Human rights country reports (State Department) – http://www.state.gov/g/drl/rls/hrrpt
Representative questions that can be answered with this resource:
- What are some real life cases of torture involving electric shock?
- What are some documented cases of torture from Uzbekistan?
- What are some countries that torture lawyers or journalists?
Believe it or not, there are government officials in the State Department whose job it is to judge other countries’ adherence to universally acknowledged human rights. From the website:
The Country Reports on Human Rights Practices are submitted annually by the U.S. Department of State to the U.S. Congress in compliance with sections 116(d) and 502B(b) of the Foreign Assistance Act of 1961 (FAA), as amended, and section 504 of the Trade Act of 1974, as amended. The law provides that the Secretary of State shall transmit to the Speaker of the House of Representatives and the Committee on Foreign Relations of the Senate, “a full and complete report regarding the status of internationally recognized human rights, within the meaning of subsection (A) in countries that receive assistance under this part, and (B) in all other foreign countries which are members of the United Nations and which are not otherwise the subject of a human rights report under this Act.”
Reports on several countries are included that do not fall into the categories established by these statutes and that thus are not covered by the congressional requirement.
The reports cover internationally recognized individual, civil, political, and worker rights, as set forth in the Universal Declaration of Human Rights.
The reports are arranged by year, then by country. Each country report has the following sections:
- Respect for the Integrity of the Person
- Respect for Civil Liberties
- Respect for Political Rights: The Right of Citizens to Change Their Government
- Official Corruption and Government Transparency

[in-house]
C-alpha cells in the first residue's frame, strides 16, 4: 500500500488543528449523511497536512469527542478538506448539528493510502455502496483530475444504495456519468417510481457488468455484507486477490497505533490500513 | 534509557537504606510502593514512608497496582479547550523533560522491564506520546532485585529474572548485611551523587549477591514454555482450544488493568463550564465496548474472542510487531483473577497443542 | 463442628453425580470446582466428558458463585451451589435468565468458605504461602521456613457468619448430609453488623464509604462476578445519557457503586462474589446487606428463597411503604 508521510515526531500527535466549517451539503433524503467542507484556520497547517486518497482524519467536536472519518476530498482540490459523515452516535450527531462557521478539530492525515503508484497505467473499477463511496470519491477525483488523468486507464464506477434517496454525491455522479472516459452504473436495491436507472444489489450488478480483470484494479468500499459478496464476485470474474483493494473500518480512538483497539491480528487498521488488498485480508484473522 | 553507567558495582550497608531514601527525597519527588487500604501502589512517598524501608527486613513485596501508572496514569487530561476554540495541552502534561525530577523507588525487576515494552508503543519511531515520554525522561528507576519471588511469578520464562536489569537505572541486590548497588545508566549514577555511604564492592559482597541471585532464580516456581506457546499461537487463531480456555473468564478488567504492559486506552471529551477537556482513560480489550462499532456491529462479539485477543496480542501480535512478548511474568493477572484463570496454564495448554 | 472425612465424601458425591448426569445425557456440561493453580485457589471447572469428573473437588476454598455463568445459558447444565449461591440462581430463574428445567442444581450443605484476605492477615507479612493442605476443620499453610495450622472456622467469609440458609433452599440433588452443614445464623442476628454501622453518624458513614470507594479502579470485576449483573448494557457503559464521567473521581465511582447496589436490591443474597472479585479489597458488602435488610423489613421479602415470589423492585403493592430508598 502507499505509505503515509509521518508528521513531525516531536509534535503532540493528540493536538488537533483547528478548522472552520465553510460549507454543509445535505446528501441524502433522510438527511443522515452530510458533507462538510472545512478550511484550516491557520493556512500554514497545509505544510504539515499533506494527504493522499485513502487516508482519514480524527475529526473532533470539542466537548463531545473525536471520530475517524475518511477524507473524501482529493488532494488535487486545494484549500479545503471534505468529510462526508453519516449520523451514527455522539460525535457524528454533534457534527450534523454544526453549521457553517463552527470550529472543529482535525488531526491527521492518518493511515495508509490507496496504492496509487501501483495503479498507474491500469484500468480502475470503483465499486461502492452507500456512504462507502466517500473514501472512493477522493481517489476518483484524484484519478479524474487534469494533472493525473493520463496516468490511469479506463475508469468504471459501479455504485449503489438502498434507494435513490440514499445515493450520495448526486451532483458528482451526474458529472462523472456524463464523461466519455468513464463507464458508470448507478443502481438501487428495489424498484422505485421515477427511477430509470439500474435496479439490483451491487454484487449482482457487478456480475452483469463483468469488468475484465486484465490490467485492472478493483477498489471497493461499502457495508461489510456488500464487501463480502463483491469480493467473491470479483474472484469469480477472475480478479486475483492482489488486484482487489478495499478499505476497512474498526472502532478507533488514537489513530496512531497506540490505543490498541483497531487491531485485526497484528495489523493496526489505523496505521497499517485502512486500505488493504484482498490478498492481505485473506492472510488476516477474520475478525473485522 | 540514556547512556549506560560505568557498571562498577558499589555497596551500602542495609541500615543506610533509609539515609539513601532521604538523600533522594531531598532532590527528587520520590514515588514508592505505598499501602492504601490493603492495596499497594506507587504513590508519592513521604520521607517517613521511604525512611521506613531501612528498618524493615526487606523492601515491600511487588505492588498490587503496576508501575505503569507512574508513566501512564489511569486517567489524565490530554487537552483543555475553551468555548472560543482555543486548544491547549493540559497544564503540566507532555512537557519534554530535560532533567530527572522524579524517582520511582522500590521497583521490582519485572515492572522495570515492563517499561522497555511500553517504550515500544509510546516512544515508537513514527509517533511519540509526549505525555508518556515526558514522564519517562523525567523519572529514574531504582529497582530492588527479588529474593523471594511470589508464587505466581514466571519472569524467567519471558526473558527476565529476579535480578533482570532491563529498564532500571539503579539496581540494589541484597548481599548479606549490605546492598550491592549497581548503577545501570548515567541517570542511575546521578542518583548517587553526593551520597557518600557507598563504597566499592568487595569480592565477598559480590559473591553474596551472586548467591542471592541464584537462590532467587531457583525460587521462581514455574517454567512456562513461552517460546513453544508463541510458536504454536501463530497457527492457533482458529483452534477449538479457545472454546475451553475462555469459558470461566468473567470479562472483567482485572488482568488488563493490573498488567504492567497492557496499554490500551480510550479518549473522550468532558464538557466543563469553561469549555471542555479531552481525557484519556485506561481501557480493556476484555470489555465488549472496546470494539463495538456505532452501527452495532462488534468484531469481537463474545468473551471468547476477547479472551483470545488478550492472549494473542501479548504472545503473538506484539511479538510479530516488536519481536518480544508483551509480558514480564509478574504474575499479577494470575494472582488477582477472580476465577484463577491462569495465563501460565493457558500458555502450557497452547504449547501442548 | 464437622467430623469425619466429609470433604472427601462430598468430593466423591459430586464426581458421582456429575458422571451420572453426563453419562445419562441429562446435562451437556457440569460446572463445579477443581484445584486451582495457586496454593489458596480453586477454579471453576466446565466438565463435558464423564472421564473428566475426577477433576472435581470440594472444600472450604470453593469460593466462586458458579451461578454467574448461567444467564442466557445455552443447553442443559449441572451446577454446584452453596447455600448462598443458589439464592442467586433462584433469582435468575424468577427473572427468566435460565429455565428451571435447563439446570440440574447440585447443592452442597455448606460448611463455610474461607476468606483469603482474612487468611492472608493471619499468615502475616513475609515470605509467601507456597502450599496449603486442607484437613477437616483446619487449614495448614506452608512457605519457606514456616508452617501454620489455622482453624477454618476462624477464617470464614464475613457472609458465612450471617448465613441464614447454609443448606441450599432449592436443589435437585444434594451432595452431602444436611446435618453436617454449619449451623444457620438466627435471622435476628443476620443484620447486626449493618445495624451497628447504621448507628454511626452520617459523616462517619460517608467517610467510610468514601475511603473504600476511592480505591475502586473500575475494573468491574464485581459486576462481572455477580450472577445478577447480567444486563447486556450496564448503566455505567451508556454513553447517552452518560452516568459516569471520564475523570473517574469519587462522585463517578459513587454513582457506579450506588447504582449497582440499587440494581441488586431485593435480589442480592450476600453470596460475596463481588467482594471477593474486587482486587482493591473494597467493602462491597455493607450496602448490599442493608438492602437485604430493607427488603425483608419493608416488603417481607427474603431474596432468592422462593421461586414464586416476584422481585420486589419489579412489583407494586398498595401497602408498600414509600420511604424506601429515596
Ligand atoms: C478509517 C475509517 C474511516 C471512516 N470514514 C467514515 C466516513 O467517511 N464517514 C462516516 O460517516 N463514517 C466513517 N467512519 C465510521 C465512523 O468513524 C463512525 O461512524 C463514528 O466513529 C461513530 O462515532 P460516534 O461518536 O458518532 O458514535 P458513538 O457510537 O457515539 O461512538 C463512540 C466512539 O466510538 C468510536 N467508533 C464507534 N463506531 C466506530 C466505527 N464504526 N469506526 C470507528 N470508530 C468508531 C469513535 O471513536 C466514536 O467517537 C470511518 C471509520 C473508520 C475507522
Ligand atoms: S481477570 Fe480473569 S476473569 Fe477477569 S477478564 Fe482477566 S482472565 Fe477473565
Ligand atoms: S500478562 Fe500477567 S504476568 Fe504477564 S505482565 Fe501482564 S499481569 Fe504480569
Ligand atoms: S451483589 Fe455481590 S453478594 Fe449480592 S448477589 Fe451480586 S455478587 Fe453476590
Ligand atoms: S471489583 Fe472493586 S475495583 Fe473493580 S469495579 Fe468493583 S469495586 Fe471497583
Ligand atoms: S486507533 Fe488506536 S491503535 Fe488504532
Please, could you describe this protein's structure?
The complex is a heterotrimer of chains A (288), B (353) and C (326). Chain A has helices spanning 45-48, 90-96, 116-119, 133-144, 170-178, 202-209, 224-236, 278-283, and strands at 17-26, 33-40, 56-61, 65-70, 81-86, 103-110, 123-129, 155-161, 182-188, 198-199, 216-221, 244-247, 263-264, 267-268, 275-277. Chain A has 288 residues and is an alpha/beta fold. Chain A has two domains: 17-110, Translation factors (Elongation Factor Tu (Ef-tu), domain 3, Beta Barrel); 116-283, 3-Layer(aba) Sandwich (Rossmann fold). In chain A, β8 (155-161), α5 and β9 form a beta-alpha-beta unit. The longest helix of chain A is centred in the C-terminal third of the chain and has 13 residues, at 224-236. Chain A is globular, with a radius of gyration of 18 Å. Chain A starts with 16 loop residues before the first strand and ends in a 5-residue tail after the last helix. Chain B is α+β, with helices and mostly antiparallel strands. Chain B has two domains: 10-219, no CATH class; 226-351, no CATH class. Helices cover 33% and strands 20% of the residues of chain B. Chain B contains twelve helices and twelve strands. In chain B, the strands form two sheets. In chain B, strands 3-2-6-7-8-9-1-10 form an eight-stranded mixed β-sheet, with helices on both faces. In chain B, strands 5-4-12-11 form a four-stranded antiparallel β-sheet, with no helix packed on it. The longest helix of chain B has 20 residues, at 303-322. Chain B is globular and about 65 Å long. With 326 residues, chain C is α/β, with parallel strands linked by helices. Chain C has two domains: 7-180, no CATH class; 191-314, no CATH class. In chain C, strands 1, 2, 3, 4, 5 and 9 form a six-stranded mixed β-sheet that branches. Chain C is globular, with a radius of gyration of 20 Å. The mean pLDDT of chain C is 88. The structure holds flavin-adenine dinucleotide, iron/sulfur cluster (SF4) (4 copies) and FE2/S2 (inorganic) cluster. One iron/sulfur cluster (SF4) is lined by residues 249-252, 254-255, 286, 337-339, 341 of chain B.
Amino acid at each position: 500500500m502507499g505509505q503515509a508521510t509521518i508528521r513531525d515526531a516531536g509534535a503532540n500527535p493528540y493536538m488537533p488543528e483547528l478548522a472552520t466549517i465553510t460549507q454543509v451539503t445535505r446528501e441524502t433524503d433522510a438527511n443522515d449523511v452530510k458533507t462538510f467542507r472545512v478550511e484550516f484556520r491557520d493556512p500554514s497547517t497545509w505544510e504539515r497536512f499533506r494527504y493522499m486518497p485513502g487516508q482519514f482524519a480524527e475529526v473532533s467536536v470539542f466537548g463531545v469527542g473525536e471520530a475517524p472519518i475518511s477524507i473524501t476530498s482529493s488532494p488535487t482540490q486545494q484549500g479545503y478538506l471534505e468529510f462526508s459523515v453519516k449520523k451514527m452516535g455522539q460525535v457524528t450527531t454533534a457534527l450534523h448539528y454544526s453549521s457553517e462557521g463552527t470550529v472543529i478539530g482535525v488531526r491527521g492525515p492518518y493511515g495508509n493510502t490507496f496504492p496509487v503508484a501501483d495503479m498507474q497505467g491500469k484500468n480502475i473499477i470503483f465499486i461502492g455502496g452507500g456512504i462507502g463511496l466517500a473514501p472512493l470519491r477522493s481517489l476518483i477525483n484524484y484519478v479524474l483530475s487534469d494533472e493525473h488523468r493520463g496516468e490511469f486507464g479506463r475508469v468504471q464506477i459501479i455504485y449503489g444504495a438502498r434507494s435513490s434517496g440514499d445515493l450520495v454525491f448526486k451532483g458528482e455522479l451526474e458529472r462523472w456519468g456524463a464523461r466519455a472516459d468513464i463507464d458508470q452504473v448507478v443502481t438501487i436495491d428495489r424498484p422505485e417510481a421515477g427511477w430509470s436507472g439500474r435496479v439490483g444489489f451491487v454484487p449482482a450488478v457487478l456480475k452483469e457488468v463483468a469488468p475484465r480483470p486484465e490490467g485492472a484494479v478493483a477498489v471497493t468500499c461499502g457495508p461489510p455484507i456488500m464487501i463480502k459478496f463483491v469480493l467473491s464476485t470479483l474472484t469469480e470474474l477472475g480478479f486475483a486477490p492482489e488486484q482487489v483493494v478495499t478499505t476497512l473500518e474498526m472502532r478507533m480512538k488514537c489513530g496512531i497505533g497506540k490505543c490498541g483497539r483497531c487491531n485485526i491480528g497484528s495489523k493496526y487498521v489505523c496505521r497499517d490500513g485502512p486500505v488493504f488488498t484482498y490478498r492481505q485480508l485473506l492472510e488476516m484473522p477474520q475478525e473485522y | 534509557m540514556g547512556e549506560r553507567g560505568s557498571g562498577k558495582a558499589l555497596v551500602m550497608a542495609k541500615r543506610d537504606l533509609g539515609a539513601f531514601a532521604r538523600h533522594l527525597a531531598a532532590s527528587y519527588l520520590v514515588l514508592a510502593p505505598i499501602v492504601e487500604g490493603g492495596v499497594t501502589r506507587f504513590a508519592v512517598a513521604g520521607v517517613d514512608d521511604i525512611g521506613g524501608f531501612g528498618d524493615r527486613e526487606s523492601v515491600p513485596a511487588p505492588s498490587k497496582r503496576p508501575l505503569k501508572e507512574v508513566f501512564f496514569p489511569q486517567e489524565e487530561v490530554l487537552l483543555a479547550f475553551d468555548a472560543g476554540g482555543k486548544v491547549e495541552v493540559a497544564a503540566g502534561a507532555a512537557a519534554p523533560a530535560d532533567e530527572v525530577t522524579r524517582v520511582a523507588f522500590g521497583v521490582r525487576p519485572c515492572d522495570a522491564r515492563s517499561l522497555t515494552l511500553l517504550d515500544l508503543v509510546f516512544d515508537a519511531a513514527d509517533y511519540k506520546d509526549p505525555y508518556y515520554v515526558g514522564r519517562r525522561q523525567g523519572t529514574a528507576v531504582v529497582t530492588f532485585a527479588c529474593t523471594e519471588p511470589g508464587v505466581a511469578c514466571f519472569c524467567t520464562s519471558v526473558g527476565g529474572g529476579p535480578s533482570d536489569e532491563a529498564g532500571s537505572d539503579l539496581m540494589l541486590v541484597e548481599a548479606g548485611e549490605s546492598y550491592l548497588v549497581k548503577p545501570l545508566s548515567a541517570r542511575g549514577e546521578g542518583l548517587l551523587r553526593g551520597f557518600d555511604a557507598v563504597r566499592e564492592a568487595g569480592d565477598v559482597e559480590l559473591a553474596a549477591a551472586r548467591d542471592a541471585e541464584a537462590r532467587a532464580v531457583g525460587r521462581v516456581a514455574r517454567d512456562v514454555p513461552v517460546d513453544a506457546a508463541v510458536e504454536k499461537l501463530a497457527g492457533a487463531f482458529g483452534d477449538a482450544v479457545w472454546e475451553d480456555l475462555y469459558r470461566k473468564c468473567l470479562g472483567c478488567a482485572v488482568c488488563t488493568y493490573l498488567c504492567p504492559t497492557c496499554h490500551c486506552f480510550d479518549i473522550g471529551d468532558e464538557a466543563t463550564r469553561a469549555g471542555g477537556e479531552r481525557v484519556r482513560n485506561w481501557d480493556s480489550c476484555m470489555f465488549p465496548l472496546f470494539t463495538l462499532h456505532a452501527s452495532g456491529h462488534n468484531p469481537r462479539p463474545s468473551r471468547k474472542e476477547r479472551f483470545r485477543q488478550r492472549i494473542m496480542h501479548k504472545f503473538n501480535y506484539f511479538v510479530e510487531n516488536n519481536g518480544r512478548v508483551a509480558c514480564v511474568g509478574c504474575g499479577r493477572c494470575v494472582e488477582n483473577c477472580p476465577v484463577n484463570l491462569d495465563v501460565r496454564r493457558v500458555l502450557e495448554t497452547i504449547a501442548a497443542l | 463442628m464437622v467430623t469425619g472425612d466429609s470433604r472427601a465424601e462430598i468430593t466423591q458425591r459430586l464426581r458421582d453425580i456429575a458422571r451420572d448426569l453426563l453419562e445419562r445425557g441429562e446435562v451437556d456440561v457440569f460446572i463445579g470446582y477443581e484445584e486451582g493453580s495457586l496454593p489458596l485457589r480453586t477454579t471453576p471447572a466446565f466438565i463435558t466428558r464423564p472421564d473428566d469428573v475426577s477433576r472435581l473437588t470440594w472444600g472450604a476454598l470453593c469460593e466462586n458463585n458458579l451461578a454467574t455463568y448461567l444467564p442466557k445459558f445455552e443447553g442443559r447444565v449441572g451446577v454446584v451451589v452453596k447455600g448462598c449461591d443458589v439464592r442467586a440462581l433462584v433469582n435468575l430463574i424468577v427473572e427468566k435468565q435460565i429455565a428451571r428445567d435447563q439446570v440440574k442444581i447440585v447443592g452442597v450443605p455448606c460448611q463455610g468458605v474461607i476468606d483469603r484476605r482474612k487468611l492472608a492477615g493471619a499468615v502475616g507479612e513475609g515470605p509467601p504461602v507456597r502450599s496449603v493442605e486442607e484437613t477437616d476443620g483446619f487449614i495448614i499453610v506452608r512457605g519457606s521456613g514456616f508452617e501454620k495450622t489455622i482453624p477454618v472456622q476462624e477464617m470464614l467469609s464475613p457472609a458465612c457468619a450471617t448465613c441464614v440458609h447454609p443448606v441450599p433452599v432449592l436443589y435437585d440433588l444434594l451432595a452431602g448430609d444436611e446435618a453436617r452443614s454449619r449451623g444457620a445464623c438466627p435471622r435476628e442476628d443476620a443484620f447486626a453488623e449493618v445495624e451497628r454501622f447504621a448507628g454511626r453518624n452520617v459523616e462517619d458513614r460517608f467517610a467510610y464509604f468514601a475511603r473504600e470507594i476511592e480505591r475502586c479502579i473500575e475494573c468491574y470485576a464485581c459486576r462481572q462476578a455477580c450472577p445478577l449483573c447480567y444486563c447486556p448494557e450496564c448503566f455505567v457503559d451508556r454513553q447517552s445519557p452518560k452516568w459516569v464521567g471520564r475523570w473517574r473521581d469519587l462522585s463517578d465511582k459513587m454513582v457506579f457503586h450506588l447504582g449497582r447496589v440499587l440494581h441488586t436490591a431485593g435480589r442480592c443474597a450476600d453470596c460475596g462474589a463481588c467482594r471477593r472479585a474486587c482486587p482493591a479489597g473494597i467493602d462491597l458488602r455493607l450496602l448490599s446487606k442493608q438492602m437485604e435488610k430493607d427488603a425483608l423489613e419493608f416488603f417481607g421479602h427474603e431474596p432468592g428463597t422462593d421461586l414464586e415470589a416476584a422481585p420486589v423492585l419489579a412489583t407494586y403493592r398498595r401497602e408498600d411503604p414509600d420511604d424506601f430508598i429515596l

- Governmental Attitude Regarding International and Nongovernmental Investigation of Alleged Violations of Human Rights
- Discrimination, Societal Abuses, and Trafficking in Persons
- Worker Rights
Each section has fairly specific, if short incident reports, like these incidents of torture from the 2010 reports:
During the year Suliman al-Reshoudi remained in prison on charges of financing and supporting terrorism and was “in and out” of solitary confinement, according to the ACPRA. The royal family-funded NGO National Society for Human Rights (NSHR) confirmed that al-Reshoudi had been indicted and tried. In October 2009 the ACPRA wrote an open letter to King Abdullah highlighting that the 73-year-old al-Reshoudi, a member of the ACPRA, was subjected to “severe physical and psychological tortures,” including tying his feet to a bed frame with two separate chains and being forced into a sitting position throughout the day and shackled at night. The prisoner has been in solitary confinement for three years because of his reform advocacy and activism, according to ACPRA.
On May 27, in Masvingo security agents abducted and tortured two ZINASU leaders, Alec Tabe and Godfrey Kuraune. Tabe and Kuraune were organizing a demonstration against high examination fees at Masvingo Polytechnic. They were picked up by Central Intelligence Organization (CIO) agents, who then tortured them on their chests and genitals with a pair of pliers before leaving them at a nearby police station. Tabe and Kuraune were released after paying an admission of guilt fine to the police.
Probably surprising to some, the State Department is willing to call out US allies on human rights violations, as in the Saudi Arabia example above.
Here’s another Google trick for writers. You can use the “inurl” operator to search for particular types of abuse, body parts or profession. Use [words of abuse here] inurl:drl/rls/hrrpt in your favorite search engine. For example, using (“electric shock” inurl:drl/rls/hrrpt) at Google produced about 857 results at the end of 2013, including mentions of the use of electric shocks in 2010 in Cambodia, Russia, Venezuela and Pakistan. For some particularly horrific sounding stories from 2010, try the search (nipples inurl:drl/rls/hrrpt). I’d prefer not to discuss them in this book.
Since you are an educated writer, you know that the United States own record on human rights has been controversial since 2001. It is beyond the scope of this book to offer an opinion, but you might find it instructive to take words from stories of documented US abuses (waterboarding, sleep deprivation, sexual humilation) and search them against inurl:drl/rls/hrrpt.
Overall, this will be a good resource for writers of torture and crime stories. It will also be useful for stories set in foreign countries in terms of what sort of actions are likely to draw the unpleasant attentions of the local security authorities.